Research Fellow in Aqueous Geochemistry

United Kingdom
Jun 07, 2017
Jul 31, 2017
Organization Type
University and College
Full Time
Are you an ambitious researcher looking for your next challenge? Do you have a background in aqueous geochemistry? Do you want to further your career in one of the UK’s leading research intensive Universities?

You will be a key member of the European Research Council funded project “MINORG: The Role of Minerals in the Oceanic Carbon Cycle” and will work with the research team at Leeds and GEOMAR Helmholtz Centre for Ocean Research Kiel (GEOMAR) in Germany. It is the central hypothesis of MINORG that minerals play a major role in the preservation and burial of organic carbon in marine sediments and thus in regulating Earth’s climate and oxygenation. Working in the field of aqueous geochemistry you will embark on an ambitious experimental campaign to investigate the sorption of dissolved organic matter by marine sediment minerals. You will determine the mechanisms of organic matter sorption to reactive fine-grained minerals, and quantify the partitioning of organic matter between solid and solution phases. In particular you will determine the mechanisms responsible for mineral-organic associations at the molecular level using a variety of newly available advanced analytical techniques. You will help design and undertake laboratory experiments, generate experimental data, and carry out the subsequent data analysis and data publication. You will also support the project leader Dr Caroline Peacock in the planning and administration of MINORG.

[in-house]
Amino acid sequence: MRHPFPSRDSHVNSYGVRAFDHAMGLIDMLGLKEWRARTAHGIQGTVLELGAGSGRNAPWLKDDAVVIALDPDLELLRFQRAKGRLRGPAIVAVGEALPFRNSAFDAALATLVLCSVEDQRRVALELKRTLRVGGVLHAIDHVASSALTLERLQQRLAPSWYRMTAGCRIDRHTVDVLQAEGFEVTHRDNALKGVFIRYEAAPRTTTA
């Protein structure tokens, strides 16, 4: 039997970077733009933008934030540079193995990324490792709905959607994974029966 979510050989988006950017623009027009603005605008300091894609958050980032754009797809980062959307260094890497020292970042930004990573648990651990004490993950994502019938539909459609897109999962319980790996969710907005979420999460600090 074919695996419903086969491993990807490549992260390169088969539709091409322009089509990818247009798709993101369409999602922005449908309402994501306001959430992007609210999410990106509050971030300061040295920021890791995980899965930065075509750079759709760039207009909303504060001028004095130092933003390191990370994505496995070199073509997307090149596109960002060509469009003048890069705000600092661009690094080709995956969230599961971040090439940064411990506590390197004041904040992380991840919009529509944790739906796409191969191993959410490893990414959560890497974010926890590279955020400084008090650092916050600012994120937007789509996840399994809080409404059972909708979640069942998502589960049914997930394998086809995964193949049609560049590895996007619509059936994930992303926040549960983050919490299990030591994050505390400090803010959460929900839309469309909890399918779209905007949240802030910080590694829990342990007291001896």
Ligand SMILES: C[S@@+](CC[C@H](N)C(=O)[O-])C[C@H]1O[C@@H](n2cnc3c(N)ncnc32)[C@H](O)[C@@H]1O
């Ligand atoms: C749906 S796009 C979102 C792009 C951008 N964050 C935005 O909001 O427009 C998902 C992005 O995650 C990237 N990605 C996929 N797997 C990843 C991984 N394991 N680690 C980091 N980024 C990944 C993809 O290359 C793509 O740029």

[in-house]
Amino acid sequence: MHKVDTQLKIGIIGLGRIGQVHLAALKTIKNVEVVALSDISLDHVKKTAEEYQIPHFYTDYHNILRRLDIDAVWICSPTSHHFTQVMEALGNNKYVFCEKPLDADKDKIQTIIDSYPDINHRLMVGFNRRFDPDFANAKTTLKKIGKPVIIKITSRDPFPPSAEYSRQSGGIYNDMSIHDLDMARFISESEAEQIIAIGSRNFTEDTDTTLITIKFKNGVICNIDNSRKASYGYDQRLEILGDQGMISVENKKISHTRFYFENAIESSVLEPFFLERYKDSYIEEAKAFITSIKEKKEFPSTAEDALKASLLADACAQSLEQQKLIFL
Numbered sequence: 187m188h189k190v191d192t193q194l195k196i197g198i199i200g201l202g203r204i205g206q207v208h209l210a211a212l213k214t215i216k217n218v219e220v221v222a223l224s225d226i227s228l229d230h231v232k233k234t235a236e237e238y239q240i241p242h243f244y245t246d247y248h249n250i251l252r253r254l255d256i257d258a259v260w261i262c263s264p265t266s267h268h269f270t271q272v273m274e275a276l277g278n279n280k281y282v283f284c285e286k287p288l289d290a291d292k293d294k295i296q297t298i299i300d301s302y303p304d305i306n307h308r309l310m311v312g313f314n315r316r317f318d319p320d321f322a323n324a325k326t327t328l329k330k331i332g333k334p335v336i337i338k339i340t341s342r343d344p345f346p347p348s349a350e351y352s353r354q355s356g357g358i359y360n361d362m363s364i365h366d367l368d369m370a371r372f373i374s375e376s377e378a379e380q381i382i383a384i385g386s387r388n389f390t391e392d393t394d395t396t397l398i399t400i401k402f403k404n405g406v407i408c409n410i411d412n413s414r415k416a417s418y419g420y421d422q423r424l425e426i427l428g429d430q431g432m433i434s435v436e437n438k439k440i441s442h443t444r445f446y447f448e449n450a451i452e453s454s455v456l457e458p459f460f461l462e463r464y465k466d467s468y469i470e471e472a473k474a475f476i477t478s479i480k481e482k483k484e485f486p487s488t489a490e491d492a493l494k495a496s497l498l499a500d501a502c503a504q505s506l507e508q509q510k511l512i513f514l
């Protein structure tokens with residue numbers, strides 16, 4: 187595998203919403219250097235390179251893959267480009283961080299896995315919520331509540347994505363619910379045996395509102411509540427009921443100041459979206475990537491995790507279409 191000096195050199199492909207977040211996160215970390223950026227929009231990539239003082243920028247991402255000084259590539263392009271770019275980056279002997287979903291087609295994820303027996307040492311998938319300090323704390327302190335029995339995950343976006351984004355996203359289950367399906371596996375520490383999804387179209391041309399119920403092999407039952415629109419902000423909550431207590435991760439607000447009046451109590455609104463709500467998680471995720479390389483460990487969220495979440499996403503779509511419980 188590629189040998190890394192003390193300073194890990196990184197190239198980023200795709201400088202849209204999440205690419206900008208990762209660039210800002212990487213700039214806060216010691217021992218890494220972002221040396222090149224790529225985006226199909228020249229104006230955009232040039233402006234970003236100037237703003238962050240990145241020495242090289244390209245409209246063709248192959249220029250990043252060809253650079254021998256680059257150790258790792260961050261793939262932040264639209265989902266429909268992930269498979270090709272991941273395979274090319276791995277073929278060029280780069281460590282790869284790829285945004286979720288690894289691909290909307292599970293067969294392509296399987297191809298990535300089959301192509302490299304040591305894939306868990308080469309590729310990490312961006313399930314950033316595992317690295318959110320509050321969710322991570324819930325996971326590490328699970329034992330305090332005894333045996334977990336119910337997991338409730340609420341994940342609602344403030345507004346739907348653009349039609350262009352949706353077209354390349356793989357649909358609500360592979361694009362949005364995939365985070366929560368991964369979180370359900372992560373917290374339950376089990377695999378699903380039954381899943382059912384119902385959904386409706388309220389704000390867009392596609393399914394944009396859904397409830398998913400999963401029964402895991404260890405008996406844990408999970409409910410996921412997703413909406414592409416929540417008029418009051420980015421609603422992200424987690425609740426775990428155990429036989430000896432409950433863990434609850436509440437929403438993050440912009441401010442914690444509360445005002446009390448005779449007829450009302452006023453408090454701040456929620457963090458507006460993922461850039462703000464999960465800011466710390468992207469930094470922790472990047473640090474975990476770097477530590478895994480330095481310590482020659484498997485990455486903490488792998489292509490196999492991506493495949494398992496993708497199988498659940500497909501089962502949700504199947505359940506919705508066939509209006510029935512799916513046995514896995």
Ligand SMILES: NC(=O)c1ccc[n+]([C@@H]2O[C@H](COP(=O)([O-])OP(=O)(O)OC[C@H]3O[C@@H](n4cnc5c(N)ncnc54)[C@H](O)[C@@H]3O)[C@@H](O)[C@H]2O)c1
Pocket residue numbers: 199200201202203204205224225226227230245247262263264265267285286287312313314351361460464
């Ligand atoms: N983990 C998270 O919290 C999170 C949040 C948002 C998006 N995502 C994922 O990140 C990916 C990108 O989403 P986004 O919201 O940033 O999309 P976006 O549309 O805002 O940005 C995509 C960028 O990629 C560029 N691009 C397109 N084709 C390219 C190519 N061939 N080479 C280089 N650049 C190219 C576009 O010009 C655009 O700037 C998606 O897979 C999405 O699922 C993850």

You will have, or be close to obtaining, a PhD in the field of Earth, Environmental or Marine Sciences and have extensive experience of working in an aqueous geochemistry laboratory. You will also have extensive knowledge of low temperature aqueous geochemistry, including mineral sorption processes. Experience of conducting mineral sorption experiments, particularly with organic compounds, and/or with synchrotron-based techniques for determining mineral sorption mechanisms is desirable. You will show a strong commitment to publishing scientific results at an international level.

To explore the post further or for any queries you may have, please contact:

Dr Caroline Peacock, Associate Professor of Biogeochemistry

Tel: +44 (0)113 343 7877

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